Google to let government access your data for money

Google has been receiving requests for its users’ information for many years. However, following a surge in demand, the tech giant now charges government authorities for this data.

Google Search information is more valuable than ever before, costing agencies hundreds of dollars to access. Photo: Pexels

Costly process

Emails, location tracking information and search queries can all be shared by Google for a fee. The New York Times reports that these fees start from $45 for a subpoena and $60 for a wiretap. The costs are higher for other aspects such as a search warrant, which costs $245.

According to Al Gidari, a lawyer who represented Google for several years, the costs of doing wiretaps and responding to search warrants are high. Therefore, by passing the fees on to the government, it deters excessive surveillance.

Google has access to information on billions of its users. Therefore, agencies will naturally be tempted to constantly make requests.

During the first half of last year, there were 75,000 requests for data on nearly 165,000 accounts across the globe. A third of these requests came from the United States, Google’s home nation.

Google has various apps, platforms, services, and devices. Therefore, it holds an abundance of potentially critical information. Photo: Google

Important data

Google states that the most common requests are subpoenas, followed by search warrants. Despite all the requests, the firm notifies users whose data has been requested where possible. It informs the user via email before any information is disclosed unless it is prohibited by law.

Additionally, Google only shares information after after adhering to its policies. The Californian outfit follows a strict process when requests are made.

“Just because we receive a request doesn’t necessarily mean that we did—or will—disclose any of the requested information,” Google states on its website.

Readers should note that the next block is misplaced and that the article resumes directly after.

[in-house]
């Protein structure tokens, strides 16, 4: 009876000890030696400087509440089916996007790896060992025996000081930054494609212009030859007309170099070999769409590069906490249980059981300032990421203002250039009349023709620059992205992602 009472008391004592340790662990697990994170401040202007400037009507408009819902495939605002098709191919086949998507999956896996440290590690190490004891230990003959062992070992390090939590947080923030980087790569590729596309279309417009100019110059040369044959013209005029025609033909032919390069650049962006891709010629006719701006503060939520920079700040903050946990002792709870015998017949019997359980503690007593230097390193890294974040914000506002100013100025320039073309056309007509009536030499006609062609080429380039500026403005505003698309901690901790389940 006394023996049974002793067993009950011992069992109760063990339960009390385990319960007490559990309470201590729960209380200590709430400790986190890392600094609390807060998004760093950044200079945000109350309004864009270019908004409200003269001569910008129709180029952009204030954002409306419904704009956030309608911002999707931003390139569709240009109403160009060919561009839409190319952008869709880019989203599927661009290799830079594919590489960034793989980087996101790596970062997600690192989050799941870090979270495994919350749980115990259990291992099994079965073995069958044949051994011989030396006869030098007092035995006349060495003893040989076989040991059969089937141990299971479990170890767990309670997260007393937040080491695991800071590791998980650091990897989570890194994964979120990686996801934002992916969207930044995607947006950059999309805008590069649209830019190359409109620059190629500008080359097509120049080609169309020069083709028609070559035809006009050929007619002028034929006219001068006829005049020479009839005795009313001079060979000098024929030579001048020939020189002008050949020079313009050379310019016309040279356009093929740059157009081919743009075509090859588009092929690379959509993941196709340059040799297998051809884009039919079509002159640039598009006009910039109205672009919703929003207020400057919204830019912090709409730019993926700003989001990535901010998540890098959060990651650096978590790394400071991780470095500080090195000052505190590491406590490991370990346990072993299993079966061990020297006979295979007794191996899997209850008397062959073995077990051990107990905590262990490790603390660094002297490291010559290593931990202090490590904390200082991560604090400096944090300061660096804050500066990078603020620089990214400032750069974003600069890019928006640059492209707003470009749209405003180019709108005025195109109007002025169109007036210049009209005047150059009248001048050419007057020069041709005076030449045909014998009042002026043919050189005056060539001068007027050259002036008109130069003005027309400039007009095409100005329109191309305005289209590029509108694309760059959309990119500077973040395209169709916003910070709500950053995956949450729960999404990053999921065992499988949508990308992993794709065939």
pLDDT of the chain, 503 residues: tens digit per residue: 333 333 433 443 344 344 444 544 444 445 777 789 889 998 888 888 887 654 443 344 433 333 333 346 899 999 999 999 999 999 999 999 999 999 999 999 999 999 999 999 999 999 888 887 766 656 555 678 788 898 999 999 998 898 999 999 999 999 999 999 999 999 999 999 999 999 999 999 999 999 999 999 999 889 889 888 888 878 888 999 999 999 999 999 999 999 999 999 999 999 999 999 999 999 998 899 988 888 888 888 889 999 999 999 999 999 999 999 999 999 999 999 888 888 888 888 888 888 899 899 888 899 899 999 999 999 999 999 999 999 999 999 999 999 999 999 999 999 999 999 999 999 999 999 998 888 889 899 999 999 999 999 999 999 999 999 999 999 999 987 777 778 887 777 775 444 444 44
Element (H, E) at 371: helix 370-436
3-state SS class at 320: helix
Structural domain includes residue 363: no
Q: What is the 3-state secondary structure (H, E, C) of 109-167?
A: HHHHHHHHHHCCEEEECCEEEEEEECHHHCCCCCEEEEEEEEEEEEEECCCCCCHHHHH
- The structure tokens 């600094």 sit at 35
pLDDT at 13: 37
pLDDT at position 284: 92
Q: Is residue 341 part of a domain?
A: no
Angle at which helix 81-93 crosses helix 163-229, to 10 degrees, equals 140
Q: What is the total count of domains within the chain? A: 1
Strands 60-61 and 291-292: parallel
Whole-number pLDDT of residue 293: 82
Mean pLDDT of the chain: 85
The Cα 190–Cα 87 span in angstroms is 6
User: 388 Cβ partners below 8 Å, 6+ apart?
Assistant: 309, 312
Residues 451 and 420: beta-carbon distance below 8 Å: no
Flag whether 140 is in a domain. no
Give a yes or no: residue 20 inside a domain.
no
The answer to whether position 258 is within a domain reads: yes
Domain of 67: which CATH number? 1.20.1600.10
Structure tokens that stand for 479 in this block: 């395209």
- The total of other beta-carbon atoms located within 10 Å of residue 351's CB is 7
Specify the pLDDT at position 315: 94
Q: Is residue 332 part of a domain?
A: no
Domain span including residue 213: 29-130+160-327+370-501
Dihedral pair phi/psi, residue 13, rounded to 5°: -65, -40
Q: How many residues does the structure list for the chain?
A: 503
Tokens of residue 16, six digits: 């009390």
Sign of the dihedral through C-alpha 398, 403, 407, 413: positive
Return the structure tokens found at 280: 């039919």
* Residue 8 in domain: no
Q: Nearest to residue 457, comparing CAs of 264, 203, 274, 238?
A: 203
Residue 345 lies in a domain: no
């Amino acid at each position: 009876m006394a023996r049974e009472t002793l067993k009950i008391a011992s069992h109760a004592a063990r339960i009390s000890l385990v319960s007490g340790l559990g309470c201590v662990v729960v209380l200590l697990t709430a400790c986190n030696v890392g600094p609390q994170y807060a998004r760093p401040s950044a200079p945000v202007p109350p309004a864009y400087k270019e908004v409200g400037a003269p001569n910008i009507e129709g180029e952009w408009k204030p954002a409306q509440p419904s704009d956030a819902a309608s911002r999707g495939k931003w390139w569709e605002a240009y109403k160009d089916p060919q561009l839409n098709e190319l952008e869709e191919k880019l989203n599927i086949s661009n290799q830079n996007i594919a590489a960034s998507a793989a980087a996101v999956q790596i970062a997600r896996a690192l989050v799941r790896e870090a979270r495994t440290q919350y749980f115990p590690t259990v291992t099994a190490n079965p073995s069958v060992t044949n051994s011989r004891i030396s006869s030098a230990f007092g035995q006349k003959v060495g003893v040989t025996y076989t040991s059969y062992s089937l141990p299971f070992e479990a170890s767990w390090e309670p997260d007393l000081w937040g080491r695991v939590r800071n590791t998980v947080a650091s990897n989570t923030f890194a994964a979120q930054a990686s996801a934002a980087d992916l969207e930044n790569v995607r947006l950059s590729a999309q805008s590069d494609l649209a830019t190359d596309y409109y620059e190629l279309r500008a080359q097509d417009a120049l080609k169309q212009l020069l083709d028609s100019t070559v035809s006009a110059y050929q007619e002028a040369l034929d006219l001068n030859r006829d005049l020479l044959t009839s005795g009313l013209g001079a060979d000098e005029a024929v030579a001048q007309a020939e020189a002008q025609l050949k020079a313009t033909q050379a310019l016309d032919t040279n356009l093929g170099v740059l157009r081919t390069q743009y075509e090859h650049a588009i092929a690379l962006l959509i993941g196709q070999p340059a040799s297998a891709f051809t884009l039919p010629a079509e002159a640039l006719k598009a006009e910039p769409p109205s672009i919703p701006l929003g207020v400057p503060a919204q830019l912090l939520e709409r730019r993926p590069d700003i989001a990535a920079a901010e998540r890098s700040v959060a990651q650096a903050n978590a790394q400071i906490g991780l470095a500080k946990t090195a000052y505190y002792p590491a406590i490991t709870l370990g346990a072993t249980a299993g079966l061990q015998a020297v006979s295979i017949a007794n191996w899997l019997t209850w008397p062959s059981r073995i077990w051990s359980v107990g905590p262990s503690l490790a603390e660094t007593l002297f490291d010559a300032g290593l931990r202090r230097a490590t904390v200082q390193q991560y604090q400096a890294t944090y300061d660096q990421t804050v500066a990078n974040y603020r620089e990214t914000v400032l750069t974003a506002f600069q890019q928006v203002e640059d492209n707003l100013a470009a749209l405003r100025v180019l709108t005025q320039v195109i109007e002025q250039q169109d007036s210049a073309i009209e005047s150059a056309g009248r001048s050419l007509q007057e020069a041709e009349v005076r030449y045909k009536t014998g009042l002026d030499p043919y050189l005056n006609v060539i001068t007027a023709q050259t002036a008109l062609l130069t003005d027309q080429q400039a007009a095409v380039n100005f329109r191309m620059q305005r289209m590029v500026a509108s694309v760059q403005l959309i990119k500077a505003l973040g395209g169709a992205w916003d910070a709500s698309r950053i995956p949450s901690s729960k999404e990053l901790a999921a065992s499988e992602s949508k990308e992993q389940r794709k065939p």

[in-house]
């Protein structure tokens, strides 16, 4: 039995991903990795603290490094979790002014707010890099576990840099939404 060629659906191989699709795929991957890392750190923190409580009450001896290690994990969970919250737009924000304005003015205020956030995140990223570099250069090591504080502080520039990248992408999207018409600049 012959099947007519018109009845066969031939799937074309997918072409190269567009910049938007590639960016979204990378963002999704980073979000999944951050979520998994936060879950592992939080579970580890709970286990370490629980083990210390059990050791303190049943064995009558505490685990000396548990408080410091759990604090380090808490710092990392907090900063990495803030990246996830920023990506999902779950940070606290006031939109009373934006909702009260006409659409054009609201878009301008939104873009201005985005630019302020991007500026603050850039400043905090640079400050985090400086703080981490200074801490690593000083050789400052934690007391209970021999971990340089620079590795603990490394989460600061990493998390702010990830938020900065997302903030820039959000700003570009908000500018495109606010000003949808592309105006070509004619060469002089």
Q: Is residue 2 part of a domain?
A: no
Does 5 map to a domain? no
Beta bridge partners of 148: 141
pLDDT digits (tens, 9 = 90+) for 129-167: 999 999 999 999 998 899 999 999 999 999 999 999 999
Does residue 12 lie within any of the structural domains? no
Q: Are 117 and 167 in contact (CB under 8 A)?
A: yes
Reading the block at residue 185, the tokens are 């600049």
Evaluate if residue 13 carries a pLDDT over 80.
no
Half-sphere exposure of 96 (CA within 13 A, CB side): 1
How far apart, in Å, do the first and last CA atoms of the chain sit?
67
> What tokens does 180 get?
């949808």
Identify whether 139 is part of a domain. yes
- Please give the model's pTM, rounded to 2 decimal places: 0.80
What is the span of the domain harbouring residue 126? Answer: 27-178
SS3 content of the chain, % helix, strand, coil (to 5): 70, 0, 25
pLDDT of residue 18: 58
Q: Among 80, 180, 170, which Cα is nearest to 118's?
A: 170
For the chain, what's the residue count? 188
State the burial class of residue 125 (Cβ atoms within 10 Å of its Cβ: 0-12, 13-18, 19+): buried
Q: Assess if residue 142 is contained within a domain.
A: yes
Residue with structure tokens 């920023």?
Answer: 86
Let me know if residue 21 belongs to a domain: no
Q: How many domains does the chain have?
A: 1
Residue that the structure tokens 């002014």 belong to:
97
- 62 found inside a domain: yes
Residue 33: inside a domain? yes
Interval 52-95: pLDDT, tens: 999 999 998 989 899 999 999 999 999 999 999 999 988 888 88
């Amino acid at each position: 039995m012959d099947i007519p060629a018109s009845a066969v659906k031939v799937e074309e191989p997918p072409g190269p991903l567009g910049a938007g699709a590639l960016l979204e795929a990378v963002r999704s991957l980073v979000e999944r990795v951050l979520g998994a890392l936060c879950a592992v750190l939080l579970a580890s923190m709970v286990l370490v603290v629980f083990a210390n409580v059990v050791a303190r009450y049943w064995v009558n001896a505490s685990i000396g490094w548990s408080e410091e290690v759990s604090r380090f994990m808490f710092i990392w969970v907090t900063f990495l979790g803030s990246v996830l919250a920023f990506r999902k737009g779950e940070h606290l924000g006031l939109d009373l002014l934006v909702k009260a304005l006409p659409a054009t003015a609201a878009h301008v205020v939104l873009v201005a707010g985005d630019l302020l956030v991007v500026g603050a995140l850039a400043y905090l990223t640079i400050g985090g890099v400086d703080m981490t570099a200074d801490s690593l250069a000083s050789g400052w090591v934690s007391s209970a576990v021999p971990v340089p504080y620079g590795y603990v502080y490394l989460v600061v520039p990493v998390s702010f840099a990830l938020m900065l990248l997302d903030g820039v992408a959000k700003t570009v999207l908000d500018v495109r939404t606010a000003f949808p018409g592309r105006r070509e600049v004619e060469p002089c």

“We have a rigorous process for reviewing these requests against legal requirements and Google’s policies.”

Even more control

Google already has overwhelming power in relation to the amount of data it holds. It can monetize this data in several ways. The company’s marketing, analytics, sales, and customer service departments can all benefit due to this.

Sundar Pichai
Sundar Pichai has been determined to take his company to greater heights over the last few years through new initiatives. Photo: Google

The company recently announced that it is acquiring Fitbit. This move gives the company even more data to play with, especially since information on health can be highly lucrative across several industries.

Google is also managing to find new ways to hold a presence in business settings with its Google Assistant software. Tools such as interpreter mode are being promoted to help translate conversations in places such bank counters and airport check-in desks.

Now, it has another data-related revenue stream. The thousands of requests a year will give the $1 trillion business another sizeable cash injection.

What are your thoughts on Google charging government agencies for access to its users’ information? Do you think it’s a fair move? Let us know what you think in the comment section.

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